This discussion paper reviews the policy instrument of value-added measurement or modelling (VAM) and the implications the instrument has for teaching and learning in a global context. VAM is based on the assumption that it is possible to create adequately complex statistical models that capture the essential and universal factors in what makes some schools and teachers more effective than others without sacrificing the complexity of education, teaching and learning.
The paper unfolds the debates and critique raised against VAM. After a brief account of the origins, basic ideas and current use of VAM globally, four particular concerns related to VAM are discussed:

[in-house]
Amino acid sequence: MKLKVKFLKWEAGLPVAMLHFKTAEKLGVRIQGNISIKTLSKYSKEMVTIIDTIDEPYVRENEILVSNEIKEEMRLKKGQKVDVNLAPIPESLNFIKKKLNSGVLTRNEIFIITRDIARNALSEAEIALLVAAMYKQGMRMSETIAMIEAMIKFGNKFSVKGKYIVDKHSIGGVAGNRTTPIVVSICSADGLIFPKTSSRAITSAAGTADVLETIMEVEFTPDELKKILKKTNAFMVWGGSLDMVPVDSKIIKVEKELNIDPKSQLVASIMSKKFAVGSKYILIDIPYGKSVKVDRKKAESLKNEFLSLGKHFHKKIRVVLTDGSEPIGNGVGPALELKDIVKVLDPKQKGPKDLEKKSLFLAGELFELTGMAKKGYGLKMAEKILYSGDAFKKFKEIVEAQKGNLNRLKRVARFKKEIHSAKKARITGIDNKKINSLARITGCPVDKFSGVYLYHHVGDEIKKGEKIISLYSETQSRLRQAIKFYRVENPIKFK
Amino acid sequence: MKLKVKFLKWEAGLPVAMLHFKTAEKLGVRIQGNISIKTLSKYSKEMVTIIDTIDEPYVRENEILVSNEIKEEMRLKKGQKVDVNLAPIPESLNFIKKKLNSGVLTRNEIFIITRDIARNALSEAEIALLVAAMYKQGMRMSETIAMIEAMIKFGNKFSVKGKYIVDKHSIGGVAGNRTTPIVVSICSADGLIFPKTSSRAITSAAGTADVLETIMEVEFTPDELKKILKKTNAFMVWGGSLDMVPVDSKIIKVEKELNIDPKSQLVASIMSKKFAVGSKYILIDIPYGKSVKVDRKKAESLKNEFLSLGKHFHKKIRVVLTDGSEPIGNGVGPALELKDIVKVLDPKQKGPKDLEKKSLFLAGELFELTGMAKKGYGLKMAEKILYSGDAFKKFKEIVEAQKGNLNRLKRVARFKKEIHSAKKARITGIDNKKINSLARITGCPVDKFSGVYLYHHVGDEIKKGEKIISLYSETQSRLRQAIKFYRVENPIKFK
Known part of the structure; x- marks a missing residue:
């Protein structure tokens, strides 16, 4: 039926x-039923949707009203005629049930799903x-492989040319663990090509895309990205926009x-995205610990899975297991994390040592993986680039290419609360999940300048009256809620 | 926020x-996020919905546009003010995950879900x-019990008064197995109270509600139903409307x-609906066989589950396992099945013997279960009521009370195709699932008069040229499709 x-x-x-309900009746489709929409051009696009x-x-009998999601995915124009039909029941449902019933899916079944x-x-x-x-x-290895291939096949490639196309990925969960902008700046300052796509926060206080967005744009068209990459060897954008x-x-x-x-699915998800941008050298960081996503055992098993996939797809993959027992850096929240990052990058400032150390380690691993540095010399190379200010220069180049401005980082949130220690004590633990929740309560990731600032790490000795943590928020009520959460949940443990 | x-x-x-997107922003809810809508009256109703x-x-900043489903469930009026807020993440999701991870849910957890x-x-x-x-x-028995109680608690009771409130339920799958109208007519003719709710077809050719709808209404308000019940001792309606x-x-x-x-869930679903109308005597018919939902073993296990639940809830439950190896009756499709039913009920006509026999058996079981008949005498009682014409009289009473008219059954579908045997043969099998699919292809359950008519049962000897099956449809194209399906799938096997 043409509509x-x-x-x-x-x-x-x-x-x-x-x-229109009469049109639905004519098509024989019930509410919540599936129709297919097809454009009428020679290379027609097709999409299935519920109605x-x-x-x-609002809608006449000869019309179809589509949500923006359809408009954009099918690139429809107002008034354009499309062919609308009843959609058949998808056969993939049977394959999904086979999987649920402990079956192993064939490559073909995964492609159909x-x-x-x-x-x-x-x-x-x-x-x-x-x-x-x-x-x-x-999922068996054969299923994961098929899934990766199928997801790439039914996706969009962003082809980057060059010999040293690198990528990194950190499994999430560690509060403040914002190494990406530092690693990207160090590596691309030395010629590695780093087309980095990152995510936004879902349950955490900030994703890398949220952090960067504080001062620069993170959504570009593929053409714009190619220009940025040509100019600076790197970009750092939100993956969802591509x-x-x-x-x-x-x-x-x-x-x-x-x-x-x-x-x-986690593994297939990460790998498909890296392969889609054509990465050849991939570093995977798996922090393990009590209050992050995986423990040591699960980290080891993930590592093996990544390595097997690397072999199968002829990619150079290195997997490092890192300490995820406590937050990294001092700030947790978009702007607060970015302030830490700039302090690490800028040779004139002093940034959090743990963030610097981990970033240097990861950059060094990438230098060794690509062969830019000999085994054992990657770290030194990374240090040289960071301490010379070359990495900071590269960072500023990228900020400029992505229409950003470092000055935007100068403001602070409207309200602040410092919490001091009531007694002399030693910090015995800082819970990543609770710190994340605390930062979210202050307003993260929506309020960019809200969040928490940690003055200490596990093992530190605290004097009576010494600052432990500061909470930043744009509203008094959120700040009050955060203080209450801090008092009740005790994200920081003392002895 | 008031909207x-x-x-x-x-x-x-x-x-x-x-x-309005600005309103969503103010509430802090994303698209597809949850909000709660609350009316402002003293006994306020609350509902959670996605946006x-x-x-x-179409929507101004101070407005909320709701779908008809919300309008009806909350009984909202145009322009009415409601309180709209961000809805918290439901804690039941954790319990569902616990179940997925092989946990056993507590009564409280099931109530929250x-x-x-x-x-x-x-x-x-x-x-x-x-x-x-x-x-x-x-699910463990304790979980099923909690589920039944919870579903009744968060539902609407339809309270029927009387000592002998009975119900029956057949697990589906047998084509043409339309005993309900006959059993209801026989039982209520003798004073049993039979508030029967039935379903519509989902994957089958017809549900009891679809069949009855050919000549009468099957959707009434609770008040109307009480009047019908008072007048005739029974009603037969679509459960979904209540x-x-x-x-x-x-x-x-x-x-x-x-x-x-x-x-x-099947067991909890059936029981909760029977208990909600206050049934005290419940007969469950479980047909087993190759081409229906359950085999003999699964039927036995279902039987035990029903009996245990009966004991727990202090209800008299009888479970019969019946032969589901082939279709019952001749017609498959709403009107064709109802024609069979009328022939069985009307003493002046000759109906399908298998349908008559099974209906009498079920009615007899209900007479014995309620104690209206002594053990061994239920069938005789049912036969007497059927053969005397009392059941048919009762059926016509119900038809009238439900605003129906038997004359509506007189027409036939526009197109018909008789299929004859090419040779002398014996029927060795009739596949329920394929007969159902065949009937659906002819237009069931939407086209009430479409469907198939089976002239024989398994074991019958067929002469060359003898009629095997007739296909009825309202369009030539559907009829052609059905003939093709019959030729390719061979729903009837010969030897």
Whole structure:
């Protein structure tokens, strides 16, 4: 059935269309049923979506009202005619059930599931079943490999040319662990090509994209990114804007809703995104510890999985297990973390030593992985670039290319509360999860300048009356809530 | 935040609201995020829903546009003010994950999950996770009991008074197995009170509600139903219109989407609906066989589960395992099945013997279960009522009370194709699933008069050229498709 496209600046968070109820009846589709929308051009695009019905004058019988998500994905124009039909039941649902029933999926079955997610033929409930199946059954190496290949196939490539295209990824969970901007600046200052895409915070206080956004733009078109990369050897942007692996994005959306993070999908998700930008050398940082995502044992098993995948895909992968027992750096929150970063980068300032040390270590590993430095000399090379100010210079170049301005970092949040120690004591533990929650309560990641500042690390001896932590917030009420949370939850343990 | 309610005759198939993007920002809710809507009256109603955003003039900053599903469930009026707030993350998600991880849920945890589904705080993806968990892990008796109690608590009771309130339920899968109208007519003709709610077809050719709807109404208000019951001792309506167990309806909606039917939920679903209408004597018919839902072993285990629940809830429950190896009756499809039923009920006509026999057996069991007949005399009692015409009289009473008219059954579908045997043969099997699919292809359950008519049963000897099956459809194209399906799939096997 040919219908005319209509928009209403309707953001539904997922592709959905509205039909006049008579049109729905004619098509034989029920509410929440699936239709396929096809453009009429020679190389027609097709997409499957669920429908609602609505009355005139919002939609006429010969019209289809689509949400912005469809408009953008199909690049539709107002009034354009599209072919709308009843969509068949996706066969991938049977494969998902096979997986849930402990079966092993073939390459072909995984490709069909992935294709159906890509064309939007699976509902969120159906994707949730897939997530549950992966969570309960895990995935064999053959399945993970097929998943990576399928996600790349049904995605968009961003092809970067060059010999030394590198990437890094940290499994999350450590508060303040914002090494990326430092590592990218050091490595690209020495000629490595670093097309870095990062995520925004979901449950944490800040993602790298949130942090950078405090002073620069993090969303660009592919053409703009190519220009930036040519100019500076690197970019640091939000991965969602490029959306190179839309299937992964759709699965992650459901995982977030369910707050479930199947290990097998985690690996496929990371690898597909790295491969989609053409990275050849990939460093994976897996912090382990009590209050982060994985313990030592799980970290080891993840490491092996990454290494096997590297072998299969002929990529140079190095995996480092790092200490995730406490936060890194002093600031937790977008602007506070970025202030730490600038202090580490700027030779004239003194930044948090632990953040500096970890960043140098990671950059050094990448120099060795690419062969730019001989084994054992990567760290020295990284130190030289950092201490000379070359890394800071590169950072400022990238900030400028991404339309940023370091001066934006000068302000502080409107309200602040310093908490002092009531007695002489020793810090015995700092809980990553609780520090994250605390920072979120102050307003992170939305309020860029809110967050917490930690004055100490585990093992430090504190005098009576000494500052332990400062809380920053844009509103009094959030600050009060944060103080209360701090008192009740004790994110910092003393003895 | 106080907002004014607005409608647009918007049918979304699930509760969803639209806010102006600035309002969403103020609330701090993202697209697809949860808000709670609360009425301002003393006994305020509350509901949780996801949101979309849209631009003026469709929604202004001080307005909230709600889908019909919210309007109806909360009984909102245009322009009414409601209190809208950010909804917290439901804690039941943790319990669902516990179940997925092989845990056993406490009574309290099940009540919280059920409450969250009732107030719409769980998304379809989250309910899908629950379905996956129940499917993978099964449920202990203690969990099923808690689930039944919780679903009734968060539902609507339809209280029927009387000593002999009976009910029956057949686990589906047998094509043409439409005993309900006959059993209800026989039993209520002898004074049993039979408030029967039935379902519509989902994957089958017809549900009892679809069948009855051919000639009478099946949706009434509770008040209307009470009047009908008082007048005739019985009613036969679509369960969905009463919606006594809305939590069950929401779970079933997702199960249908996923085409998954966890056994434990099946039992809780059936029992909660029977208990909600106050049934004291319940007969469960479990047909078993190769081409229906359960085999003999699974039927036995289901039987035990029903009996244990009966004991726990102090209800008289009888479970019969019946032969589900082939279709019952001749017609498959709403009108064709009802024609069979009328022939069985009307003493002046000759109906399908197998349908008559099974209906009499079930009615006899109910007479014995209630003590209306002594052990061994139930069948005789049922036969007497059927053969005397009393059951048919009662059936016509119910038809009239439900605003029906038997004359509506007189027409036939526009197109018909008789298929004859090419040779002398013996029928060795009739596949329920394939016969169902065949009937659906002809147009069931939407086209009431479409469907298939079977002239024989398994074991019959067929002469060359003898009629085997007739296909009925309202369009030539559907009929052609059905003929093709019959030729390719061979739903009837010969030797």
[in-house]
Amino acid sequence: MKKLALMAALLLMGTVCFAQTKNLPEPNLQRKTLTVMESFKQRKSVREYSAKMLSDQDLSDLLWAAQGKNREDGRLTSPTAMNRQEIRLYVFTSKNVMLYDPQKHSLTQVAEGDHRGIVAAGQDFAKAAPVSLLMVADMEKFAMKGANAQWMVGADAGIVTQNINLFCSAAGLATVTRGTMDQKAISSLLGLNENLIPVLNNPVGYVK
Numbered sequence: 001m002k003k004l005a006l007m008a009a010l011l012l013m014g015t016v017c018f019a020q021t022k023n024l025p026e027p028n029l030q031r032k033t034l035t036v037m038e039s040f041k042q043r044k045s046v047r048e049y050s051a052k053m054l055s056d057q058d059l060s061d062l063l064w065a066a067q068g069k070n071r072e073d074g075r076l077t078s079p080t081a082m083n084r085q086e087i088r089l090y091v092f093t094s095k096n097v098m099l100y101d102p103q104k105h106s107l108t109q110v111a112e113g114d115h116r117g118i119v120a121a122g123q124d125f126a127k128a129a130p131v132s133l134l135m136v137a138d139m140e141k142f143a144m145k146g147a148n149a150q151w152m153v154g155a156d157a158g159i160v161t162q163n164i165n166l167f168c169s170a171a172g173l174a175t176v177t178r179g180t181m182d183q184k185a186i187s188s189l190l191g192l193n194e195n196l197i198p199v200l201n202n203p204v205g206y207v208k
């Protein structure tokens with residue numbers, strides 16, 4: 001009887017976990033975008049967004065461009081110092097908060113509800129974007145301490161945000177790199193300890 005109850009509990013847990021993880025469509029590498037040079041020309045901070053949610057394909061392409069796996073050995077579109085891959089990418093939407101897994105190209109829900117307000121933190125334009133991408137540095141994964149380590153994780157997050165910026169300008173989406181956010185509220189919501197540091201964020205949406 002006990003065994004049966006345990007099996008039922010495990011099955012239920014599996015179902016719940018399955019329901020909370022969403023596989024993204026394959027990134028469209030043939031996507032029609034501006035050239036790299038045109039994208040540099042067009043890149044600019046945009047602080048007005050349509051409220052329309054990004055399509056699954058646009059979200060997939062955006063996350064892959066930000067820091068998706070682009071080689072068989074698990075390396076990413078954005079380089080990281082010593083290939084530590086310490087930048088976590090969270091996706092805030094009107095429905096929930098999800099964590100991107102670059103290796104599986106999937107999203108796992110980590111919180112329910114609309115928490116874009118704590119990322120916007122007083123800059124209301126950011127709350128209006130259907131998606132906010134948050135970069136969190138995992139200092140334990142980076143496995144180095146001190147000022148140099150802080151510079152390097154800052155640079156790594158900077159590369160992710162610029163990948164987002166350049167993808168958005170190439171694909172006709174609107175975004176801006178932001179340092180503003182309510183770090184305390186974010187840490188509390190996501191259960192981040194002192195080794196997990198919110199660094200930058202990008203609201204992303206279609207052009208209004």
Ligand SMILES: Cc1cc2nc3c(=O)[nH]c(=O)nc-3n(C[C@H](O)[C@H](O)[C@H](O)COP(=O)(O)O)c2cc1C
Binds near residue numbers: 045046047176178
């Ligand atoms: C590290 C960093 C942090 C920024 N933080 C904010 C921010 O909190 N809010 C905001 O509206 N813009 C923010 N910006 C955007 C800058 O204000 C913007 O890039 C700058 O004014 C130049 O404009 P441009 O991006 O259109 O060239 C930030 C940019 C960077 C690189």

- a technical critique of the statistical modelling underlying VAM;
- a broader critique on the constitutive e effects of VAM on education and its objectives;
- the sidelining of teachers in the debate on evaluation of school and teacher performance; and
- the promotion of VAM by private enterprises and major development agencies in low- and middle income countries.
The reductionism of VAM has proved to have some appeal as a simple solution to fix complex realities. Teacher unions should be aware of the characteristics of the policy instrument. In particular, education systems in low-income countries might prove vulnerable in the coming years as international donors and for-profit enterprises appear to be endorsing VAM as a means to raise school and teacher quality in spite of the lack of evidence and the extensive critique raised against the instrument.